The company’s global lubricants business operates under the Castrol brand name, and its Western Hemisphere headquarters is located in Wayne, New Jersey.
For more than a century, Castrol has pioneered innovative technologies that can be used in extreme environments – from the deepest oceans on Earth to the surface of Mars.
In May 2018, NASA once again turned to Castrol lubricants to support its latest mission, the Mars InSight lander.
Using advanced technology and carbon offsets, Castrol offers a growing number of carbon-neutral lubricants and engine oils. BP creates the offsets by investing in activities that reduce greenhouse gas emissions or absorb carbon dioxide. These could be initiatives that provide lower-carbon alternatives, such as renewable energy or cookstoves to replace open fires. Or they could be projects that protect or enhance natural resources that soak up CO2 from the atmosphere, such as land and forests.
In 2017, Castrol launched EDGE Bio-Synthetic, a carbon-neutral motor oil made with 25 percent plant-based oil derived from sustainably produced sugar cane, as certified by the U.S. Department of Agriculture. The performance of EDGE Bio-Synthetic highlights the natural lubricating properties of plants.
Castrol also makes other carbon-neutral engine oils (Professional), along with carbon-neutral lubricants for the wind industry (Optigear) and carbon-neutral lubricants for the commercial trucking industry (VECTON).1
Many Castrol engine oils contain BP’s proprietary S3 additive chemistry, developed at its New Jersey technology center. These advanced lubricants maintain their viscosity while helping improve the cleanliness of today’s high-performance engines.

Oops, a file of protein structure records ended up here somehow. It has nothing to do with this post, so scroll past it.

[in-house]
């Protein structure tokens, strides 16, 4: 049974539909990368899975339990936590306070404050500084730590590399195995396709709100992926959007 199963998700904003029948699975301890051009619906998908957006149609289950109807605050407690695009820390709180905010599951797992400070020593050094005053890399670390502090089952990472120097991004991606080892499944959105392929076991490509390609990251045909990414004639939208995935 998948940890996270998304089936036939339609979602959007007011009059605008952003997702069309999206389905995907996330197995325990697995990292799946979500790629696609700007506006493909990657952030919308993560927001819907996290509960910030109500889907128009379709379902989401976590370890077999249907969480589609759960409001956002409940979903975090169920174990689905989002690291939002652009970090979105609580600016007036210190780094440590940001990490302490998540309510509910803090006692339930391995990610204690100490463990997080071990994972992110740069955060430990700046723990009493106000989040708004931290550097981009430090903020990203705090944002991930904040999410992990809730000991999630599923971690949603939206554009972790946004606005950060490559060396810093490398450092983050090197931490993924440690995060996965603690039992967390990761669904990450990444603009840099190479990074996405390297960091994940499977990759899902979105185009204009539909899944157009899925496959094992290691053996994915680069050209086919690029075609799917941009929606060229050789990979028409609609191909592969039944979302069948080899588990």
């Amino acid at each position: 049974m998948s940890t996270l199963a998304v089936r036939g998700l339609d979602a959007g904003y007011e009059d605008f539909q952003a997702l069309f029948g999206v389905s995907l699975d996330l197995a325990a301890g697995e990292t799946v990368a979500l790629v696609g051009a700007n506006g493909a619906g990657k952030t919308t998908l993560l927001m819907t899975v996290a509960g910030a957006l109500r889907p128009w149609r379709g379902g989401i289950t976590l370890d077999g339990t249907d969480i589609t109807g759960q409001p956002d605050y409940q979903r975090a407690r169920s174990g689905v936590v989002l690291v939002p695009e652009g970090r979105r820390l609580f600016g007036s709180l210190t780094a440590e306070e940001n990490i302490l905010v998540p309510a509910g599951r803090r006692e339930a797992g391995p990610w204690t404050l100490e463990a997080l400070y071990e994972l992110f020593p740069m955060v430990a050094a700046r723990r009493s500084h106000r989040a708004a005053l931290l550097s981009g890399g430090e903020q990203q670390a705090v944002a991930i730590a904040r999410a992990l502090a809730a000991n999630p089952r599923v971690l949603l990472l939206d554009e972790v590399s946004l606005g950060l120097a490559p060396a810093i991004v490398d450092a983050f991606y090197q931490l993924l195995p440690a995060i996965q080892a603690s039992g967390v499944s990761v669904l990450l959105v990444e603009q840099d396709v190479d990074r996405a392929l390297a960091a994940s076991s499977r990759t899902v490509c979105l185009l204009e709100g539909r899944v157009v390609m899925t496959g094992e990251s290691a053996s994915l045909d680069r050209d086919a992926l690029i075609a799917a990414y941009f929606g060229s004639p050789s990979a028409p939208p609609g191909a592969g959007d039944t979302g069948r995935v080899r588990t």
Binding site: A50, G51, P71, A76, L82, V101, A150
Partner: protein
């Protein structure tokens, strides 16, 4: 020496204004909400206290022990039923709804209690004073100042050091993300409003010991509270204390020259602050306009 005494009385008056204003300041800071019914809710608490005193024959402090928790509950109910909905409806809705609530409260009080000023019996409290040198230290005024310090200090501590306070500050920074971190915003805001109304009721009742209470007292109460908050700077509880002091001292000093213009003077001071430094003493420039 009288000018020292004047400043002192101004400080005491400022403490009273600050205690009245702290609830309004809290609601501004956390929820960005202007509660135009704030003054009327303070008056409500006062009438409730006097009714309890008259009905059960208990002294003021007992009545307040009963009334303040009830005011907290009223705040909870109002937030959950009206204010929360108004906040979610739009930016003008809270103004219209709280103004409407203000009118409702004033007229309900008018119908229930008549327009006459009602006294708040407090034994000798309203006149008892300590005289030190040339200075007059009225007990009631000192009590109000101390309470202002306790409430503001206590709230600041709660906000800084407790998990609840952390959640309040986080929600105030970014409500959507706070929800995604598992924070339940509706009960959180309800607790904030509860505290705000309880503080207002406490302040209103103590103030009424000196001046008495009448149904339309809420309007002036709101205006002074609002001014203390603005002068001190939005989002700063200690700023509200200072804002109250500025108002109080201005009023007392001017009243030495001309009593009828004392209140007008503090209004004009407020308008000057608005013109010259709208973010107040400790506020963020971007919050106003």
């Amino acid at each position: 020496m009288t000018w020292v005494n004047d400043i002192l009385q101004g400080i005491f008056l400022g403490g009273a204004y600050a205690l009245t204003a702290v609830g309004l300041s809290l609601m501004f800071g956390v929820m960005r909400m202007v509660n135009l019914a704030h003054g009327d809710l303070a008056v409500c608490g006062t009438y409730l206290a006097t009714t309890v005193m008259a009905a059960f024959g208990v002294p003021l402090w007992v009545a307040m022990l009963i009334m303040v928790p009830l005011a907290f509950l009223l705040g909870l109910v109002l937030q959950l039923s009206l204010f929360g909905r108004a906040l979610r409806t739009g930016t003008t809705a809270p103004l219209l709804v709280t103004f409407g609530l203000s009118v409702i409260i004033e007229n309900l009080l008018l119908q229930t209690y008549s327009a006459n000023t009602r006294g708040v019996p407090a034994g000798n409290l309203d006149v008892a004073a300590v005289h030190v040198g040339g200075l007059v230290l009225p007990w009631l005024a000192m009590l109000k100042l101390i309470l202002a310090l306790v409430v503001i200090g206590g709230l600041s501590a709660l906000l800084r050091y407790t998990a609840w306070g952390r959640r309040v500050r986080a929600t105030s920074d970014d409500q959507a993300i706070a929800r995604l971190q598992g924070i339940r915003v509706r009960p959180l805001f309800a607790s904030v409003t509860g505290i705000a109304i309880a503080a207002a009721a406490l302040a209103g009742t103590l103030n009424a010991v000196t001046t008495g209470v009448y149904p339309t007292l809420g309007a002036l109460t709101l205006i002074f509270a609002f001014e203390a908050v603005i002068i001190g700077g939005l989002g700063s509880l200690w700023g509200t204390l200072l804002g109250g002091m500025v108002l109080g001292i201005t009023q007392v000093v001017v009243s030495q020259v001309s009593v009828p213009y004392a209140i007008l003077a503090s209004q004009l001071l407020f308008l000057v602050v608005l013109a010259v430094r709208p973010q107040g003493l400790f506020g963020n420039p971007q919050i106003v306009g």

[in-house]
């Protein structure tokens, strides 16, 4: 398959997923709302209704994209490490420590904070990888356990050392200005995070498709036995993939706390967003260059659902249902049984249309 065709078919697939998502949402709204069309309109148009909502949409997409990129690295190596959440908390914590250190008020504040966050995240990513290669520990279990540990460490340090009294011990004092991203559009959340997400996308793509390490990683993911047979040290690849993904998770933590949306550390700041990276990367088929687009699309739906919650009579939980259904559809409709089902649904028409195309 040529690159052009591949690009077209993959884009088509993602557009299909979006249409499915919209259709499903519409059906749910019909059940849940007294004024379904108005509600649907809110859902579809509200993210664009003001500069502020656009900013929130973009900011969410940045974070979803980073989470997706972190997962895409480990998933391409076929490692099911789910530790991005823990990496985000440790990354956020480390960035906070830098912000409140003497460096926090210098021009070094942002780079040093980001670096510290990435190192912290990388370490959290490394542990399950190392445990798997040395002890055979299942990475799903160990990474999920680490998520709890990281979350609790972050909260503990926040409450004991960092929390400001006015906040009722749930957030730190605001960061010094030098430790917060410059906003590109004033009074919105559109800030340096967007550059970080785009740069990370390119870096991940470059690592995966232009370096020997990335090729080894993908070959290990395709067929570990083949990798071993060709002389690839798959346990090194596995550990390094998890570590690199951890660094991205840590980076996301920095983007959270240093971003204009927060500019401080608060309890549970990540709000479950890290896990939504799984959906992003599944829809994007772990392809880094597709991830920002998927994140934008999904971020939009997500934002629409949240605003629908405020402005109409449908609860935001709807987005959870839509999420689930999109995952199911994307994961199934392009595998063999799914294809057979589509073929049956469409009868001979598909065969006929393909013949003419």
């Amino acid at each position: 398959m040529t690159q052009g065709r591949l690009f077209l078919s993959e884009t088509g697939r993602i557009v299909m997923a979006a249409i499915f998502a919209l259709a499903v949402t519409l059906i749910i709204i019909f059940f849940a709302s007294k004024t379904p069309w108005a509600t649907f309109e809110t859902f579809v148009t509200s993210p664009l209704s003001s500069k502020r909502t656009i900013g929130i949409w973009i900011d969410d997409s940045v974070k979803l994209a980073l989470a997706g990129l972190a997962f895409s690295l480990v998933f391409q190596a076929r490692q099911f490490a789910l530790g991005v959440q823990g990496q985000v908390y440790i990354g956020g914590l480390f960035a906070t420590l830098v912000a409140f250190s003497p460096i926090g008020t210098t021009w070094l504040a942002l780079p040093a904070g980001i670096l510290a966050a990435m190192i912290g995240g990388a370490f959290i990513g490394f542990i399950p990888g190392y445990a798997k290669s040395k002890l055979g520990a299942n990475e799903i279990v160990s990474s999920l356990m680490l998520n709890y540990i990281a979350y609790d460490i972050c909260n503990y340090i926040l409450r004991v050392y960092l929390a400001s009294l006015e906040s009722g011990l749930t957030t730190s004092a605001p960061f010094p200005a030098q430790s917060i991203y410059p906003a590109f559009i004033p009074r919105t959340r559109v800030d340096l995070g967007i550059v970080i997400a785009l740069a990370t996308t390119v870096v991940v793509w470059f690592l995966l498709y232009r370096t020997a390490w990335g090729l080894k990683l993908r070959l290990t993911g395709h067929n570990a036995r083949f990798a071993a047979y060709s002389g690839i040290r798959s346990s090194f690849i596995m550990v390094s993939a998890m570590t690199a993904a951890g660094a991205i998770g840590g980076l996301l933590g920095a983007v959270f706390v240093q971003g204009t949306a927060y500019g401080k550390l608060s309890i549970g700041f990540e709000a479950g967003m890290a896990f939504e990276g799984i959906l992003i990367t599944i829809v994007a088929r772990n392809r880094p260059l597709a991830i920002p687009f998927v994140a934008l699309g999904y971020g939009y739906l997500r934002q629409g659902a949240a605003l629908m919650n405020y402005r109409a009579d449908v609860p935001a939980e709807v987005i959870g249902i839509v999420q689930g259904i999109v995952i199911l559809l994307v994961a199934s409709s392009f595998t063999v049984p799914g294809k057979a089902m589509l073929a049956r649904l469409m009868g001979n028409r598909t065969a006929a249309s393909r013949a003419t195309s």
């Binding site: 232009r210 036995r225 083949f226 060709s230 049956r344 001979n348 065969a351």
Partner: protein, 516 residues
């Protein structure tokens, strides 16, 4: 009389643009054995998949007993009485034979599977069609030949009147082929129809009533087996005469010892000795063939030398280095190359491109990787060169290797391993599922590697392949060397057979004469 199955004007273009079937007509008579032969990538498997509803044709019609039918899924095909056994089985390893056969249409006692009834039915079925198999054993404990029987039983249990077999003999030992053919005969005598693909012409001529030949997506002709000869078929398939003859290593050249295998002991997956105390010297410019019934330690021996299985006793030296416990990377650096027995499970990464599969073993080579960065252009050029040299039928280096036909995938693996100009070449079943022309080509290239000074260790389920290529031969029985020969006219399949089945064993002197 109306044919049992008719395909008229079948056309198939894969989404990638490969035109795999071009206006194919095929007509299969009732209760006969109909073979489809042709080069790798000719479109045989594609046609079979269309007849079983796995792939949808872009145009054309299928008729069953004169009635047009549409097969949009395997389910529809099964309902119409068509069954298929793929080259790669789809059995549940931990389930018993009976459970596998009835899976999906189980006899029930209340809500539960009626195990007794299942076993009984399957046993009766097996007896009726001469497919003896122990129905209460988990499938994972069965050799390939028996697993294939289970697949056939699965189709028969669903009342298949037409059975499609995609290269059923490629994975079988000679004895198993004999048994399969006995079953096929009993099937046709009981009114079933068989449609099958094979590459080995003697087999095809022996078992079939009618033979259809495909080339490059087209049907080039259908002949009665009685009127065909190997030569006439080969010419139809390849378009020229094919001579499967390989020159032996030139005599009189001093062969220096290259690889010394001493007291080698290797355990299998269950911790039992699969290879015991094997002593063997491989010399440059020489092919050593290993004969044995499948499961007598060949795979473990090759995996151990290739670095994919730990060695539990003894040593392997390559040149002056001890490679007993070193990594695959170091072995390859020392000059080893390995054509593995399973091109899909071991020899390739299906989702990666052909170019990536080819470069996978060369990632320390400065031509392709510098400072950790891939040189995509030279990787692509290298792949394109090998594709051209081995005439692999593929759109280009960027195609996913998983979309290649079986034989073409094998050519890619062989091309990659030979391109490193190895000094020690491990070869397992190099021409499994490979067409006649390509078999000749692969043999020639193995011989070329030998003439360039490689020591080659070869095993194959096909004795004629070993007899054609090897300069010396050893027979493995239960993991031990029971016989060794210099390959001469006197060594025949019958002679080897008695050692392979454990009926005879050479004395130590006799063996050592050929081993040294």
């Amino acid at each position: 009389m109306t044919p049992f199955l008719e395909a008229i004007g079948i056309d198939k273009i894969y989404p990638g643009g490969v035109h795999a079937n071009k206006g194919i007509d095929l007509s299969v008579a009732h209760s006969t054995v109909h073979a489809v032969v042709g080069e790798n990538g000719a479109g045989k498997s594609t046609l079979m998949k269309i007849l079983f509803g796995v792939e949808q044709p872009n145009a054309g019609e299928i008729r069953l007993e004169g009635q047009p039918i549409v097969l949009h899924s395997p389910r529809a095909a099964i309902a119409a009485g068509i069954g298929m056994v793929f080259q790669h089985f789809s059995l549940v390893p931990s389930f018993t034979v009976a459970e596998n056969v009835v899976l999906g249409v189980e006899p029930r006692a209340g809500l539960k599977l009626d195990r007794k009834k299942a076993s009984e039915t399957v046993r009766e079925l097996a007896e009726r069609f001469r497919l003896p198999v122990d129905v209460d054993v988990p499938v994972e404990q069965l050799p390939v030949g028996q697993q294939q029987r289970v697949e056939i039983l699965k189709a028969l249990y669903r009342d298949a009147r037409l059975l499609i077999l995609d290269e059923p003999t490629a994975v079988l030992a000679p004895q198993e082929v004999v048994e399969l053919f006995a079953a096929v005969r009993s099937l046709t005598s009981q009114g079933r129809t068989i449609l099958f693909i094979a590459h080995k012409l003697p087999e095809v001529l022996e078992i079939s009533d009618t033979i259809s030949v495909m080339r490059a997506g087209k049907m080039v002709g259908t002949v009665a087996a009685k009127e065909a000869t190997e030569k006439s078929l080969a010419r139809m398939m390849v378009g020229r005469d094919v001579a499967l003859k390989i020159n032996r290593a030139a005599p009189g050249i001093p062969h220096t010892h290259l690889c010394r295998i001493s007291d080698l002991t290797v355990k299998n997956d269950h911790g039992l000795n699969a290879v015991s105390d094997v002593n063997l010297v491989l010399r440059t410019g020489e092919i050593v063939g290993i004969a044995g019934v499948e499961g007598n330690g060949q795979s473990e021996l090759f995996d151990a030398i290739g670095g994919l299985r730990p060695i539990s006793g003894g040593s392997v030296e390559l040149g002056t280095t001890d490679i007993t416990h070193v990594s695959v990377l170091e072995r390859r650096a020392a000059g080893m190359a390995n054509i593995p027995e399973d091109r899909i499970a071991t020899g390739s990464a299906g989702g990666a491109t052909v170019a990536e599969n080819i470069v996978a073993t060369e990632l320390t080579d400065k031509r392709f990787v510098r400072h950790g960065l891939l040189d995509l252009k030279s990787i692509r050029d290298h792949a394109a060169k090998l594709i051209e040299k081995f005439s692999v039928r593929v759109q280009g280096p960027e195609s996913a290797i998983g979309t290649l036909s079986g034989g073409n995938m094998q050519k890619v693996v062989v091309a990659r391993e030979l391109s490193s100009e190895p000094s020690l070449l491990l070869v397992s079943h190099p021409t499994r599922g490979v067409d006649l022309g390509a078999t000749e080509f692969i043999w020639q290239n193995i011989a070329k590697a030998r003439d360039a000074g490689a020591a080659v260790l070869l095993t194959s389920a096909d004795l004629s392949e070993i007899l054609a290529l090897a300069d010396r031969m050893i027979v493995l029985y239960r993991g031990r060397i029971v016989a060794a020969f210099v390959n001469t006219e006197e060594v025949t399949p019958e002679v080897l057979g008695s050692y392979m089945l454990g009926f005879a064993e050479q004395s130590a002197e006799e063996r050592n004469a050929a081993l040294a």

In the United States, BP has redesigned some of its Castrol engine oil packaging to use less plastic, resulting in a reduction in CO₂ emissions of about 2,000 metric tons a year.
In the wind sector, Castrol has a joint venture with Onyx InSight – a digital monitoring platform – that provides engineering and software services to help wind farm operators track the condition of turbines and avoid breakdowns.
BP has deployed this technology to nearly 600 turbines at its U.S. wind facilities.
Meanwhile, BP’s Cherry Point Refinery in Washington state recently launched a renewable diesel unit that can produce lower-carbon fuel by co-processing biomass-based feedstock alongside conventional feedstocks.
Elsewhere at its U.S. refineries and chemical plants, BP develops and applies digital technologies that improve personal safety, support maintenance activities, inspect and monitor equipment, and enhance reliability.
For example, to monitor the tank fields at its Whiting Refinery in northwest Indiana, BP uses gas cloud imagery systems that combine infrared technology and complex algorithms to detect carbon-based gases. During the construction of its new naphtha hydrotreating unit, the refinery also is using advanced infrared open path flammable gas monitors, as well as wireless multi-gas monitors, to provide workers with extra layers of safety and protection.
At BP’s Cooper River Chemicals Plant in South Carolina, teams perform acoustic emission tests on the site’s equipment, using ultrasonic transducers to listen for possible corrosion and leaks.
Cooper River also uses robotics, including crawlers and remote-operated vehicles, to inspect its tanks.
The BP campus in Naperville, Illinois, serves as the company’s U.S. technology hub for these operations. Scientists and engineers in Naperville test innovative ideas and share the results with BP facilities worldwide.